How Parents Should Deal With Children Who Develop Concussions

Reports indicate that some of the most common injuries are concussions. Statistics analysed from testimonials gathered from several National Football League players highlighted the consequences of concussions. Fortunately, severe concussion is more common in athletes and unlikely to occur at home.

However, milder confusion could happen to children. For this reason, it is up to parents to protect the children from concussions and ensure they get treated in case they occur.

The Centre for disease control and Prevention (CDC) recently issued suggestions that assist parents while undergoing such situations. The regulatory body highlighted it is not easy for parents or guardians to help in such situations, thus making it worse for the affected child. The concussion treatment issued to a child should reflect the type of individual.

What parents need to know about concussions

Each child or teen is different. Therefore the consequences of the concussion will differ from one to another. However, there are common aspects of concussions that each parent should know regarding their child’s experience. These vital factors include the time frame each child uses to get better and what type of tasks can assist your child in getting better.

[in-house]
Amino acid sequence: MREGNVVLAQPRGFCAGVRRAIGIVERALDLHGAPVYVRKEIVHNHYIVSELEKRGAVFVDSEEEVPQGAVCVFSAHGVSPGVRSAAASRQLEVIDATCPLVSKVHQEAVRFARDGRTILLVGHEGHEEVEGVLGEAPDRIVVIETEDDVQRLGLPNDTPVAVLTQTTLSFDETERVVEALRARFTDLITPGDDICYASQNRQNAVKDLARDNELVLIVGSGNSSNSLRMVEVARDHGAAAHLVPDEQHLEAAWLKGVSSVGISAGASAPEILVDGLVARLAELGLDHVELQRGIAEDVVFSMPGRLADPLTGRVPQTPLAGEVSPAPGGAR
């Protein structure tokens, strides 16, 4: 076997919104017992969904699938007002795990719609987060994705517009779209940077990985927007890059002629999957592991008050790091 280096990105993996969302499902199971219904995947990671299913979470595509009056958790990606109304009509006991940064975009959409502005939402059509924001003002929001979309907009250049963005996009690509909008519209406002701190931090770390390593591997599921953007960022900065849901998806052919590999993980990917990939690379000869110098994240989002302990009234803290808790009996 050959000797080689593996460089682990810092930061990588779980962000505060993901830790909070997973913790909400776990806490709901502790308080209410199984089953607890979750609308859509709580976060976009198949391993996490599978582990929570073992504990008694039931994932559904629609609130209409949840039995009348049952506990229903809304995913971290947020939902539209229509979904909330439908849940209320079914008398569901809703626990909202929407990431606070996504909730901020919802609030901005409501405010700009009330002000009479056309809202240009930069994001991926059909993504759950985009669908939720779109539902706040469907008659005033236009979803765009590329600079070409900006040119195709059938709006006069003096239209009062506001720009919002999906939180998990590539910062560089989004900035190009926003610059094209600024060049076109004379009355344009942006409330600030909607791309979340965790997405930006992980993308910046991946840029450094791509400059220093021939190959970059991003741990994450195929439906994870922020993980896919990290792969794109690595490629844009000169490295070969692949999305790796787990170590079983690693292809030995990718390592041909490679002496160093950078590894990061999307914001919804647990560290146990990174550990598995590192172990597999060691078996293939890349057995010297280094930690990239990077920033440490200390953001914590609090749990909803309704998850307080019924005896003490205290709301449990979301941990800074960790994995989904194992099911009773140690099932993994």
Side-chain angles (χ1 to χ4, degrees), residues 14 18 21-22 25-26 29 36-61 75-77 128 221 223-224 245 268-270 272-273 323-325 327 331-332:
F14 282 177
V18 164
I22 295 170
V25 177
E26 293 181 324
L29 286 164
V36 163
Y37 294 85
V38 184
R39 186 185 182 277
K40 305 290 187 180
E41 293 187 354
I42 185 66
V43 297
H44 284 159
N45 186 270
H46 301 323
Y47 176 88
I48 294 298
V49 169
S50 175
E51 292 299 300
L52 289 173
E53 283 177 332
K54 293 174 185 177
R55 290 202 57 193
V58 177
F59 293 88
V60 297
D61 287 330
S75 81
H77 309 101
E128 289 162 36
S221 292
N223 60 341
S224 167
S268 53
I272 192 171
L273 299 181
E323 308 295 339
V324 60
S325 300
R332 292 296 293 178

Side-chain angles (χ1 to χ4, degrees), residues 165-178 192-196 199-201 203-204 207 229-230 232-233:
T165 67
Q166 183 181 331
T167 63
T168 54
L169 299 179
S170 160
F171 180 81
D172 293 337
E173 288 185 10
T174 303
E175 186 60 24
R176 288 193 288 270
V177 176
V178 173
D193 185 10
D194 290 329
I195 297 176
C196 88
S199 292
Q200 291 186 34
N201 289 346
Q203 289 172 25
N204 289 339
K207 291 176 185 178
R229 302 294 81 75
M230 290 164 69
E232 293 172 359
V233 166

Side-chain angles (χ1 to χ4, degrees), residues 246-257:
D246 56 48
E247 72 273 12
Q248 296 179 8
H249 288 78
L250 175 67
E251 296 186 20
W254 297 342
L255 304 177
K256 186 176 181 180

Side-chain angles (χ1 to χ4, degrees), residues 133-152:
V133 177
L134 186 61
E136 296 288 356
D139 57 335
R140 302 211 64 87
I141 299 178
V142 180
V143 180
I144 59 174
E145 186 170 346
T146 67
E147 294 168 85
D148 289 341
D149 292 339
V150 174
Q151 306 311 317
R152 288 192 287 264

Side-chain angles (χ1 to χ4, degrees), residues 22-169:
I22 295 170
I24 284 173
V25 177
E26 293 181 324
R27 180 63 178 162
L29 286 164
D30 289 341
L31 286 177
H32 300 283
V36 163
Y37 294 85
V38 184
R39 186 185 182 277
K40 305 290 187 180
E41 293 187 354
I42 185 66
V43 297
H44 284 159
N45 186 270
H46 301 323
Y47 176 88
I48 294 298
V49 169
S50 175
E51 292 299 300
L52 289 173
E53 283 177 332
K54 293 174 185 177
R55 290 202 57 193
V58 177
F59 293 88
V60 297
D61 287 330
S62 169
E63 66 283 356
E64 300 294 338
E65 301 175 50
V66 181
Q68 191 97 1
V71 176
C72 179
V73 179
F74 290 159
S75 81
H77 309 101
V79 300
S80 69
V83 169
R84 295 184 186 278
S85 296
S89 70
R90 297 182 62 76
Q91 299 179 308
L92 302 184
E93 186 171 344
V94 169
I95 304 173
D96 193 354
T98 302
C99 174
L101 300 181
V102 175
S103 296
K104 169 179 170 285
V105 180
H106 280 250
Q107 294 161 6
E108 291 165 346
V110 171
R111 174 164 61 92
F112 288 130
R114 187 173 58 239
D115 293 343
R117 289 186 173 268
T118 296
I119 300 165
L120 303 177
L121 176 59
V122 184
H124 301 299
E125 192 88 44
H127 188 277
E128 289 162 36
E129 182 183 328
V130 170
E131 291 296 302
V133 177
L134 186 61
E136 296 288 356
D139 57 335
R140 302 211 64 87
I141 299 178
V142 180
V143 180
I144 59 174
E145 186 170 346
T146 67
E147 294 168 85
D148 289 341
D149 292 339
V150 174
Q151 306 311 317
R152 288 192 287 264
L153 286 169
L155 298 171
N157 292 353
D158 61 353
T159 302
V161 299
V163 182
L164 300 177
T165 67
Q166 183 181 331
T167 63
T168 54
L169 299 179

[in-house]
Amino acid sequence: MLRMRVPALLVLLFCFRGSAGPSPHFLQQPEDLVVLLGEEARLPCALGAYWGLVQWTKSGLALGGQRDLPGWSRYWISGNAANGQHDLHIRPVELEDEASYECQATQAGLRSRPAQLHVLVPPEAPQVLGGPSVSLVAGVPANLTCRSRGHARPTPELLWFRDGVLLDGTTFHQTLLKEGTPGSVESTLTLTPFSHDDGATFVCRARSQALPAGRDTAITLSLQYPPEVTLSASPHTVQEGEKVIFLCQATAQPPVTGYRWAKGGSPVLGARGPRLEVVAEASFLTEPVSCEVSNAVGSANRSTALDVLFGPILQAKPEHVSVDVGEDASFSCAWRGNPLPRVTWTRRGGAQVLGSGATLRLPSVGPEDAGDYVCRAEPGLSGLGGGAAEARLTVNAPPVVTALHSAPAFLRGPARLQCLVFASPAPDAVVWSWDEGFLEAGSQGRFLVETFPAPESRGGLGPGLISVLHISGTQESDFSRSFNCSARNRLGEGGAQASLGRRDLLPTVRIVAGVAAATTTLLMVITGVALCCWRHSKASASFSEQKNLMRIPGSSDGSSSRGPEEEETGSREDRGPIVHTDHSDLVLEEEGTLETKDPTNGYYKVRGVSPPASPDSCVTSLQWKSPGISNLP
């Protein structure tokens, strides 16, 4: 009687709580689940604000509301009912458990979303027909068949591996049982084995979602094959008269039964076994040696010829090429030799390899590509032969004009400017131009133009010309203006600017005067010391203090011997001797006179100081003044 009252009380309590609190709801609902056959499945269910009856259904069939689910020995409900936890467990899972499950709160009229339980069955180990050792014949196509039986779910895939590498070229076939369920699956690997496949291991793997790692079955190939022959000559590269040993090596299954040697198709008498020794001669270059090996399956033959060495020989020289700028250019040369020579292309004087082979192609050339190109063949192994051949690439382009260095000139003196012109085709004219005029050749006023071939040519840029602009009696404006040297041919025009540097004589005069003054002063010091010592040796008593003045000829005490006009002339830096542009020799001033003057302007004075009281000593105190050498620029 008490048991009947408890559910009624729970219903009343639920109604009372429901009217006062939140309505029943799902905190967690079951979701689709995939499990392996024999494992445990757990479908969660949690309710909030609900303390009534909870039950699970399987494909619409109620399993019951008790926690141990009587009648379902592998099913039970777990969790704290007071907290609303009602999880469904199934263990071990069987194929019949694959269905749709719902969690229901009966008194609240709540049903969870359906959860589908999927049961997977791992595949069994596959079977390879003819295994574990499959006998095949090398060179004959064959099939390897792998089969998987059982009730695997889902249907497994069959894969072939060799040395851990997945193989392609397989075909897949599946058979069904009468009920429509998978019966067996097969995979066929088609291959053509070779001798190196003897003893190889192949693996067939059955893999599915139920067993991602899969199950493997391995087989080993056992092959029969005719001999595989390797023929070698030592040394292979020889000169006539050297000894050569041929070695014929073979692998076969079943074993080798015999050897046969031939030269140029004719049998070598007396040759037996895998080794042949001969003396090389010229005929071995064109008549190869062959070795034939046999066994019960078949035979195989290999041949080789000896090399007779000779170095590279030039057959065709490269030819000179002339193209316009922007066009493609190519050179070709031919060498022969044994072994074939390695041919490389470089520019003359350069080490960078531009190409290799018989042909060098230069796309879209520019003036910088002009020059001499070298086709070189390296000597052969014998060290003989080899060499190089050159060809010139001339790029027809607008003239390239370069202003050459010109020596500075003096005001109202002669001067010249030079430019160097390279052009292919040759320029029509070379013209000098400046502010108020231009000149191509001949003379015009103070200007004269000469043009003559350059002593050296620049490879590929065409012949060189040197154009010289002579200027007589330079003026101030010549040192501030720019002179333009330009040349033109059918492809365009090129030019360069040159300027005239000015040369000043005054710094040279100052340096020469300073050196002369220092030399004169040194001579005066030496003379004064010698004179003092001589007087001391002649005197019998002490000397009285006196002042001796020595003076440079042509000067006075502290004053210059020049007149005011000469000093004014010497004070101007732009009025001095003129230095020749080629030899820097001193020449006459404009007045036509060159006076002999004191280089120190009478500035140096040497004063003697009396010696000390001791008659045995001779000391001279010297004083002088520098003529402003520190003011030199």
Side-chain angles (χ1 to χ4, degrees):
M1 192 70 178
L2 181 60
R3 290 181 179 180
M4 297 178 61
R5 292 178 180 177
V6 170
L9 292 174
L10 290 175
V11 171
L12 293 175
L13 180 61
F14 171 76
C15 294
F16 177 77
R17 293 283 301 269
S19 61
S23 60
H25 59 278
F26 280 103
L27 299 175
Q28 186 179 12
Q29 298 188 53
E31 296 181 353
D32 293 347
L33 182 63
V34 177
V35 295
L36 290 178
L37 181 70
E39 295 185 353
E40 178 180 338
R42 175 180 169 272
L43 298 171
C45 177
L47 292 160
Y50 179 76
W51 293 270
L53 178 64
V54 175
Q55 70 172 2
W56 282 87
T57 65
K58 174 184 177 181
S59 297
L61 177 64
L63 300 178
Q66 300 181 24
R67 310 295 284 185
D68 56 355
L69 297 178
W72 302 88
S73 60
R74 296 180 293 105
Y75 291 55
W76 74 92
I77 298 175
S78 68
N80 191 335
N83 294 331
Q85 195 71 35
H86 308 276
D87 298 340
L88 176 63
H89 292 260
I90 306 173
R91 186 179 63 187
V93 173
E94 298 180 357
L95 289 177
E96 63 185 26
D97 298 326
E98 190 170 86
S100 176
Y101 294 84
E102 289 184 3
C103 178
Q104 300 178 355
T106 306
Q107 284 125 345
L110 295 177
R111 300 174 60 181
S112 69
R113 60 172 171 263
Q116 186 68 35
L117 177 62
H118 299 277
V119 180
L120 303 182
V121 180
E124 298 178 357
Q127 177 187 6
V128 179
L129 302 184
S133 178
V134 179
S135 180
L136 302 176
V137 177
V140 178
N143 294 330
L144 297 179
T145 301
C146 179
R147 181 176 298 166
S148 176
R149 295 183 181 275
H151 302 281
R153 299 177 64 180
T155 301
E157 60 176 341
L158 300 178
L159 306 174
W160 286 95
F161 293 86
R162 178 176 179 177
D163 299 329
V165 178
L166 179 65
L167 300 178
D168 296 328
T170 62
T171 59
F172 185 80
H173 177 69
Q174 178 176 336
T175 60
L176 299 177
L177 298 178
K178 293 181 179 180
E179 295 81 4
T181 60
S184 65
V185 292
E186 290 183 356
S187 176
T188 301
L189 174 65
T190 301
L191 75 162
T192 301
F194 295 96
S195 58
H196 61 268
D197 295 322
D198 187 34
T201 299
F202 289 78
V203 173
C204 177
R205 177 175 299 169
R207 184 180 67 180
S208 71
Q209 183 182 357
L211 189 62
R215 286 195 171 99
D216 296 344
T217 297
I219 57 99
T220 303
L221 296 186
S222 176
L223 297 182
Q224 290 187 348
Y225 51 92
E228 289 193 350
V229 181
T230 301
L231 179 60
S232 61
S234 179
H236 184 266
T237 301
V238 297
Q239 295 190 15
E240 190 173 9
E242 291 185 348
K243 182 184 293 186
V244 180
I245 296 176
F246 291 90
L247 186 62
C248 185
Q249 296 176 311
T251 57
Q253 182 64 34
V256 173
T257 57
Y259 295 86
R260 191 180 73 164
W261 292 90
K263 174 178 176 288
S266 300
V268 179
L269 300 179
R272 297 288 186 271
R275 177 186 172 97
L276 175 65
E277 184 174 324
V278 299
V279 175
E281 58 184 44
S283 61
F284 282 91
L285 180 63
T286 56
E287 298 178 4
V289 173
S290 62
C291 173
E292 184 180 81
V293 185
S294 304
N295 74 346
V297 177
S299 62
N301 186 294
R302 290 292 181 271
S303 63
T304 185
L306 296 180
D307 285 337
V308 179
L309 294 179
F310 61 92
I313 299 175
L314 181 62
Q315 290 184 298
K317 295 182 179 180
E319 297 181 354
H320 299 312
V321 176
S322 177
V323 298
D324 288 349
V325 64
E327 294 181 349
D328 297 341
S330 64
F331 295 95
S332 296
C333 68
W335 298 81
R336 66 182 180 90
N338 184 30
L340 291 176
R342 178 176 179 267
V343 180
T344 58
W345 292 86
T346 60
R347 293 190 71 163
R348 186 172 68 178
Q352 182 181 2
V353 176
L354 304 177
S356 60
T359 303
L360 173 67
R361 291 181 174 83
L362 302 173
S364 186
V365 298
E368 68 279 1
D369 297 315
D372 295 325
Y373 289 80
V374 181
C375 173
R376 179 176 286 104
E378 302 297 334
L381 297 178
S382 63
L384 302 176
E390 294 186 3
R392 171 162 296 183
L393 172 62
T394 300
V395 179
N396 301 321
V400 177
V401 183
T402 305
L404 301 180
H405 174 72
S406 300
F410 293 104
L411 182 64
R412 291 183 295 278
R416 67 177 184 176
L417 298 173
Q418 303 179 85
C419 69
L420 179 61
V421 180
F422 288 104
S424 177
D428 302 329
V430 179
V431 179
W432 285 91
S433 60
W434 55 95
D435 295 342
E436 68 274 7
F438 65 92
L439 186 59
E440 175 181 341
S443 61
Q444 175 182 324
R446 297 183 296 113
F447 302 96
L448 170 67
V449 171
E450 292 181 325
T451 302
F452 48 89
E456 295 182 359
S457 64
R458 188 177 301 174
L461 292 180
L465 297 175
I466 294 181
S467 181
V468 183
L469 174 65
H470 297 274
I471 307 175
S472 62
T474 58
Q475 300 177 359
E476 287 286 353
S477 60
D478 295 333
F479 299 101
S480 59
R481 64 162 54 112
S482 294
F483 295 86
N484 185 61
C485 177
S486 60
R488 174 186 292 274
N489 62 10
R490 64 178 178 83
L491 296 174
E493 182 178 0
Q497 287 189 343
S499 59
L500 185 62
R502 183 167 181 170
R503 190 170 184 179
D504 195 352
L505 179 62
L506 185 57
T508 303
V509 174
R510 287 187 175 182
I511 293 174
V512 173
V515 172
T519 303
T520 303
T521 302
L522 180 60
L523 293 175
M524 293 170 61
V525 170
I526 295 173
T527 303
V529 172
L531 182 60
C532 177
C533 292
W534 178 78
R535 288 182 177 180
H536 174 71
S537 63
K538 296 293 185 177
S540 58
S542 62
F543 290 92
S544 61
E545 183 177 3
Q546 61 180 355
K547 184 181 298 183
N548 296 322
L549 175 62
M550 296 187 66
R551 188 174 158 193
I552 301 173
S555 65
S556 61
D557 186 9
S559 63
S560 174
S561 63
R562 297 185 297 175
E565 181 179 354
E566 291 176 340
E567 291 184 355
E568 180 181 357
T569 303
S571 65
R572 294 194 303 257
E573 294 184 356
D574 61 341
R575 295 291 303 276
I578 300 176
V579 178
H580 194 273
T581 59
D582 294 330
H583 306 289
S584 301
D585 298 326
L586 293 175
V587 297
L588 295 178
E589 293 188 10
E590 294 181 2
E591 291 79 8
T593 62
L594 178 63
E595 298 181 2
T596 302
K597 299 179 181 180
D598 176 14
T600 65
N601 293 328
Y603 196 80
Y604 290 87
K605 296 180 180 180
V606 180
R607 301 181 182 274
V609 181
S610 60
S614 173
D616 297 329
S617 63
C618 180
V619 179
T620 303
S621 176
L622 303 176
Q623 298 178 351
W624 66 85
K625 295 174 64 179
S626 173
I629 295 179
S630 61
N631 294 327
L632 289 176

The CDC revealed that the average child requires at least three months to achieve normalcy following a concussion. During this period, the regulatory body recommends that the parent lookout for concussion symptoms, including dizziness, difficulty sleeping, and moodiness. Parents are also recommended to let the child take time to rest, especially during the first few days following the experience.

The recommendations issued by the Centre for Disease Control

The recommendations issued by the regulatory body to parents include using the right mechanism to diagnose the condition and avoiding using a CT scan or conducting an MRI due to the severity of the condition. It is important to remember the symptoms associated with the concussion before jumping to any conclusions and running expensive tests.

The CDC also recommended that each parent, guardian or teacher partner up with the paediatrician to ensure that the child’s recovery is subtle and efficient.

In addition, parents should emphasise safety to avoid concussions. Encouraging children to play some games in a helmet could prevent head injury, thus preventing the disorder.

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